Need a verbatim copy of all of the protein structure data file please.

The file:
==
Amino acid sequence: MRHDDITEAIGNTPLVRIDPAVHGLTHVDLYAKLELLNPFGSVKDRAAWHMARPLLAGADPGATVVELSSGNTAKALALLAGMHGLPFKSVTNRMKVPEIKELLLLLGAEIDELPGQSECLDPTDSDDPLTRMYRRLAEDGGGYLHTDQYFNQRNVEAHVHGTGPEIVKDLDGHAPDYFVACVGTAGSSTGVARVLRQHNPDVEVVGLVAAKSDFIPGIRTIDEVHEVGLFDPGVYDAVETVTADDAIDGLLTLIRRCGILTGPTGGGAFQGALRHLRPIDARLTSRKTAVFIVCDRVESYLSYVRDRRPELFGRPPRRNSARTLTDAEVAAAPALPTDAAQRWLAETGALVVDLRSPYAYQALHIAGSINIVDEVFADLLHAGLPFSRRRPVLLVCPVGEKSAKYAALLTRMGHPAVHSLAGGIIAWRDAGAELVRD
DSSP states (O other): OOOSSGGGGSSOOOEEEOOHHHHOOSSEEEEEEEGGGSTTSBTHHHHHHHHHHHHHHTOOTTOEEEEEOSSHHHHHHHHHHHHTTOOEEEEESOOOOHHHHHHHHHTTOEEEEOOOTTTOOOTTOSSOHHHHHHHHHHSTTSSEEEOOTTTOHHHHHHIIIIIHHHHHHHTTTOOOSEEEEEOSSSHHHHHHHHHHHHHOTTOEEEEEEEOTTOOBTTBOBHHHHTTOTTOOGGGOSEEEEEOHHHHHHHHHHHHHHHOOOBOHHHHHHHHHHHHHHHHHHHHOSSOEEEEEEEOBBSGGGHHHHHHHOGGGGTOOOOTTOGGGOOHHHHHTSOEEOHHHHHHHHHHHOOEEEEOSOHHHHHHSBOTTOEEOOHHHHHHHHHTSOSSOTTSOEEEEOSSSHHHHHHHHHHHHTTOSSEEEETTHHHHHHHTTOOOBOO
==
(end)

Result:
Amino acid sequence: MRHDDITEAIGNTPLVRIDPAVHGLTHVDLYAKLELLNPFGSVKDRAAWHMARPLLAGADPGATVVELSSGNTAKALALLAGMHGLPFKSVTNRMKVPEIKELLLLLGAEIDELPGQSECLDPTDSDDPLTRMYRRLAEDGGGYLHTDQYFNQRNVEAHVHGTGPEIVKDLDGHAPDYFVACVGTAGSSTGVARVLRQHNPDVEVVGLVAAKSDFIPGIRTIDEVHEVGLFDPGVYDAVETVTADDAIDGLLTLIRRCGILTGPTGGGAFQGALRHLRPIDARLTSRKTAVFIVCDRVESYLSYVRDRRPELFGRPPRRNSARTLTDAEVAAAPALPTDAAQRWLAETGALVVDLRSPYAYQALHIAGSINIVDEVFADLLHAGLPFSRRRPVLLVCPVGEKSAKYAALLTRMGHPAVHSLAGGIIAWRDAGAELVRD
DSSP states (O other): OOOSSGGGGSSOOOEEEOOHHHHOOSSEEEEEEEGGGSTTSBTHHHHHHHHHHHHHHTOOTTOEEEEEOSSHHHHHHHHHHHHTTOOEEEEESOOOOHHHHHHHHHTTOEEEEOOOTTTOOOTTOSSOHHHHHHHHHHSTTSSEEEOOTTTOHHHHHHIIIIIHHHHHHHTTTOOOSEEEEEOSSSHHHHHHHHHHHHHOTTOEEEEEEEOTTOOBTTBOBHHHHTTOTTOOGGGOSEEEEEOHHHHHHHHHHHHHHHOOOBOHHHHHHHHHHHHHHHHHHHHOSSOEEEEEEEOBBSGGGHHHHHHHOGGGGTOOOOTTOGGGOOHHHHHTSOEEOHHHHHHHHHHHOOEEEEOSOHHHHHHSBOTTOEEOOHHHHHHHHHTSOSSOTTSOEEEEOSSSHHHHHHHHHHHHTTOSSEEEETTHHHHHHHTTOOOBOO